The death of a parent is both complicated and painful for children. A parent’s death by suicide increases the complexity of the situation even more.
The path towards a child’s healing and recovery is impacted by how they are encouraged to process their emotions of the loss. The grief of losing a parent to suicide is something that a child will experience for the rest of their life, however, with the appropriate support it is a grief that can become managed in a healthy way.
- Thinking about the parent the child lost
- Feeling and expressing the different emotions that accompany suicide: anger, sadness, resentment, hurt, uncertainty, guilt, shame
Healthy grieving is important because it provides the opportunity for children to address their trauma of the unexpected loss of a parent. Research from Johns Hopkins Children’s Center shows that children under 18 who lose a parent to suicide are three times as likely as children with living parents to later die by suicide themselves. Making an effort to end the suicide cycle in families begins with children seeking support and treatment.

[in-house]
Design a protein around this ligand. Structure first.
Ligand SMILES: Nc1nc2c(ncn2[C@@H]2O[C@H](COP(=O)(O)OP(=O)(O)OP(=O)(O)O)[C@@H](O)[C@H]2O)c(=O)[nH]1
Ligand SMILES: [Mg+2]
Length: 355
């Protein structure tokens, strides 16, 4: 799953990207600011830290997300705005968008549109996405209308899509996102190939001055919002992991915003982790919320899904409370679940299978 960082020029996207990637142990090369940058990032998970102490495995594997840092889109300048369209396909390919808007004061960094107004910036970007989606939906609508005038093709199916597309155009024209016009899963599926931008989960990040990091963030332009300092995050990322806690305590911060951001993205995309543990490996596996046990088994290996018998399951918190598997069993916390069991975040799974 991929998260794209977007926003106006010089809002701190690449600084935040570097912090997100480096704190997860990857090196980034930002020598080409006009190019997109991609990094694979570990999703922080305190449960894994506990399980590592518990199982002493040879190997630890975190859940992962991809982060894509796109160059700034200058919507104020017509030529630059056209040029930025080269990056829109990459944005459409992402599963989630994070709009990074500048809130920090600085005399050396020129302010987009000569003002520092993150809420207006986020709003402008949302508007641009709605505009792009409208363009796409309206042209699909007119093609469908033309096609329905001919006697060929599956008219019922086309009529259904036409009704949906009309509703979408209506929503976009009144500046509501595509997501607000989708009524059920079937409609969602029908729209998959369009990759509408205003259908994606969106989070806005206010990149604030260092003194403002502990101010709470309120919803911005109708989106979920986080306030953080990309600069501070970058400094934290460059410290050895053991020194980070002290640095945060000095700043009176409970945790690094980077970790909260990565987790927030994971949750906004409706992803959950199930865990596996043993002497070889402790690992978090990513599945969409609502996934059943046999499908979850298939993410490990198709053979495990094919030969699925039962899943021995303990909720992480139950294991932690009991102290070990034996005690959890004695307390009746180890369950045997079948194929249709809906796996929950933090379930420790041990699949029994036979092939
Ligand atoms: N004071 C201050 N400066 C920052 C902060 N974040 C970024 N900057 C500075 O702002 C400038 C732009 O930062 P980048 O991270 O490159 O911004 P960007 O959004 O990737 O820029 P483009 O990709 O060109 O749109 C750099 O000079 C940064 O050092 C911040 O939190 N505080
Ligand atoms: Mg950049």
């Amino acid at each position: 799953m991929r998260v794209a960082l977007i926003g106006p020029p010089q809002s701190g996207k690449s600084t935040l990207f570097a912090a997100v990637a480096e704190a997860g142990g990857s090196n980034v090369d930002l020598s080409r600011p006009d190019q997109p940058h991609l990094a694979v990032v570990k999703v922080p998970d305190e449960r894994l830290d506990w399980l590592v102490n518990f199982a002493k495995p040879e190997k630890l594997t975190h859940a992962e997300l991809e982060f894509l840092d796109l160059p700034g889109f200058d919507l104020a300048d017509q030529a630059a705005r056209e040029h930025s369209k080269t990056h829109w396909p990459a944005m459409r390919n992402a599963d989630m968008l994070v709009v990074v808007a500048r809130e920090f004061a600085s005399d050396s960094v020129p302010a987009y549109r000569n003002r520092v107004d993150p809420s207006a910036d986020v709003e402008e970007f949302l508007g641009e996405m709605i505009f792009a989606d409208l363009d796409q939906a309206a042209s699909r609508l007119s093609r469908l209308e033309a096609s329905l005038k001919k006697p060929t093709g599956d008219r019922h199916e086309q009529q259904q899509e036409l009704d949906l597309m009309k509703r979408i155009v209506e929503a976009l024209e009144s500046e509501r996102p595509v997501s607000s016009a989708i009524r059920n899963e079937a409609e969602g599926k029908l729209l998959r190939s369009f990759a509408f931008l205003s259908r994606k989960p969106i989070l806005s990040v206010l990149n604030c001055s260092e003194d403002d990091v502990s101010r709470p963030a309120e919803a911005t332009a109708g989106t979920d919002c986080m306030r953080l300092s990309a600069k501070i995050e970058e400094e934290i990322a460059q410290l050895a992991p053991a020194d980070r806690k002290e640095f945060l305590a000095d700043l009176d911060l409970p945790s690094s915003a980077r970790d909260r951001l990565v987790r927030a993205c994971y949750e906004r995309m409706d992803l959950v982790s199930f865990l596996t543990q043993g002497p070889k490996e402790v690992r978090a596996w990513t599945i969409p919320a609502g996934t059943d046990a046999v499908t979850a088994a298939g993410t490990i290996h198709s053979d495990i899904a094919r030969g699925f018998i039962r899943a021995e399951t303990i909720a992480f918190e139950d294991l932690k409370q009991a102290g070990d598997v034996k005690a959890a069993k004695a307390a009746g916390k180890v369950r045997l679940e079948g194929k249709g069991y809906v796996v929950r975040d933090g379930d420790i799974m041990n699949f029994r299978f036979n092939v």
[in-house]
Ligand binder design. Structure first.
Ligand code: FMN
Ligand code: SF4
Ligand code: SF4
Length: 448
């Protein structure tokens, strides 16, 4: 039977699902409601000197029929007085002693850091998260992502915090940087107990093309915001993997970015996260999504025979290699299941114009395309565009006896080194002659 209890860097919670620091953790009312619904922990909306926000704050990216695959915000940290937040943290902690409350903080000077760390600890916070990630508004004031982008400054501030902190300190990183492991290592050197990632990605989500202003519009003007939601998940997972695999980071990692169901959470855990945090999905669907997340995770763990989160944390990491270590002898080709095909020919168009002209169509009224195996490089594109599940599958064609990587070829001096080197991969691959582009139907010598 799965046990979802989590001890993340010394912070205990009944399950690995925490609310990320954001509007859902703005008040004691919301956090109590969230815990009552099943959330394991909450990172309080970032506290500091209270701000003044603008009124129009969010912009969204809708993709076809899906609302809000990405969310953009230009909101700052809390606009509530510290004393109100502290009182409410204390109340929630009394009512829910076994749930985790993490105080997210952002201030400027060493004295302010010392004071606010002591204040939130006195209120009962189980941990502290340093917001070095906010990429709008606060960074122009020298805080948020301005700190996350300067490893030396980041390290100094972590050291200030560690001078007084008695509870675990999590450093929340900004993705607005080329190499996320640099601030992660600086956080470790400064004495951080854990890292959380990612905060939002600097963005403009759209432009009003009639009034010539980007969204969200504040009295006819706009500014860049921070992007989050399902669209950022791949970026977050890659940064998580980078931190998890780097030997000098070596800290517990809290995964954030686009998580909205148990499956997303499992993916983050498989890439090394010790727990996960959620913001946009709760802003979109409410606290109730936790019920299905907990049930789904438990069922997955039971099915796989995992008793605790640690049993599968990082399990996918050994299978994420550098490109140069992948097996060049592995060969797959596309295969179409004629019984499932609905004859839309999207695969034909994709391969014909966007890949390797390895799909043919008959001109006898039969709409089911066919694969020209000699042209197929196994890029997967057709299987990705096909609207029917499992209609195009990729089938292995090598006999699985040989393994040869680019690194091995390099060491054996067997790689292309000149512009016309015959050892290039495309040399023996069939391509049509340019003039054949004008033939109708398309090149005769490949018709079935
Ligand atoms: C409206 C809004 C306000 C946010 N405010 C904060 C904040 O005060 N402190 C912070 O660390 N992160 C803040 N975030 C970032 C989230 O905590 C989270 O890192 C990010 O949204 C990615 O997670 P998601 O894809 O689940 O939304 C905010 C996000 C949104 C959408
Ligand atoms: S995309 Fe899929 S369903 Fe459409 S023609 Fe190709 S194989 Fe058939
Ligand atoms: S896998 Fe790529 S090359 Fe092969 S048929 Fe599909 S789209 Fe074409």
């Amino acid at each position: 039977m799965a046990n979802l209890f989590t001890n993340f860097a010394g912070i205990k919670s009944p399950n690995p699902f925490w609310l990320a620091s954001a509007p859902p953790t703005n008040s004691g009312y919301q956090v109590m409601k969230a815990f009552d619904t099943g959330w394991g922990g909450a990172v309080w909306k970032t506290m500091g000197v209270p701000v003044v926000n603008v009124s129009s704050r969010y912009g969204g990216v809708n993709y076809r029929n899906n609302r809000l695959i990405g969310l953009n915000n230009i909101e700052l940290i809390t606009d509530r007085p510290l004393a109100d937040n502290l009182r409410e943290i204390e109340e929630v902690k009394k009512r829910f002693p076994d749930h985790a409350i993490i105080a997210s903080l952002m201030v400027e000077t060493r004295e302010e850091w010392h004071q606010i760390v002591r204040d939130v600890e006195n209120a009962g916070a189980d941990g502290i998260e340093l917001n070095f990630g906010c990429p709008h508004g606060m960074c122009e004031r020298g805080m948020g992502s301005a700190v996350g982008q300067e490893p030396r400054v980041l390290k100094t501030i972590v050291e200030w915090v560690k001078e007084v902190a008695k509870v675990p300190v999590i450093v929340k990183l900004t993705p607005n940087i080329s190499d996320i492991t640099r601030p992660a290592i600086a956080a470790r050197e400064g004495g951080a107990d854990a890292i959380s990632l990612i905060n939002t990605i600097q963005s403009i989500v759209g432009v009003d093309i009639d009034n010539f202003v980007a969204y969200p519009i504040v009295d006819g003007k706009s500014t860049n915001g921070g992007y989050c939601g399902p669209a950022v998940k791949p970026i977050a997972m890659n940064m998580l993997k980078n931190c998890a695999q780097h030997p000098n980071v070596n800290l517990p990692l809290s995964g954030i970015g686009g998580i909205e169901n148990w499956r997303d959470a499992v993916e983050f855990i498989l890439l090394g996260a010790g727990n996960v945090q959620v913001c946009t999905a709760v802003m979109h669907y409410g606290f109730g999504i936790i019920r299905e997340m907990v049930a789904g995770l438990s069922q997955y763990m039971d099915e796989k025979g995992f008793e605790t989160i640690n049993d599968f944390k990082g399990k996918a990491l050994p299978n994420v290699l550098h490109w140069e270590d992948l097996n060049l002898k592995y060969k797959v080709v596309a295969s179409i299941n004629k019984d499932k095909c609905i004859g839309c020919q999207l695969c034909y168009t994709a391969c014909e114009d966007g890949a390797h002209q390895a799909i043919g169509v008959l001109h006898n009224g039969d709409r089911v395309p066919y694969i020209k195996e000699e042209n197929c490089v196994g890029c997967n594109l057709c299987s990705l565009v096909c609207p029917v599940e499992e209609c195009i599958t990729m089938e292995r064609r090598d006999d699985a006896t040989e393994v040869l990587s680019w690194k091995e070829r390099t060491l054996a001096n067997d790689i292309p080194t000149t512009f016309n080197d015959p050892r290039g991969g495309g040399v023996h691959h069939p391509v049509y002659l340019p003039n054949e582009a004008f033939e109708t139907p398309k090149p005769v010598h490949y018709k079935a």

Supporting Children: How can you support a child following a suicide?
- Answer their questions in an honest and simple manner
- Validate and accept their feelings
- Emphasize to children that they are not to blame; this can take multiple conversations over time
- Maintain normalcy in routines, school, and activities
Signs of Trauma
Children have different risk levels for experiencing long-lasting trauma. Children most at risk are those with avoidant personalities or severe anxiety, children who have experienced previous trauma, and children who lack supportive environments.
- Sadness and disengagement from normalcy is not diminishing over time
- Refusal to attend school
- Differences in sleep
- Constant irritability
- Avoidance of places or people that remind the child of their parent
Citation: “Coping With a Parent’s Suicide” Harold S. Koplewicz, MD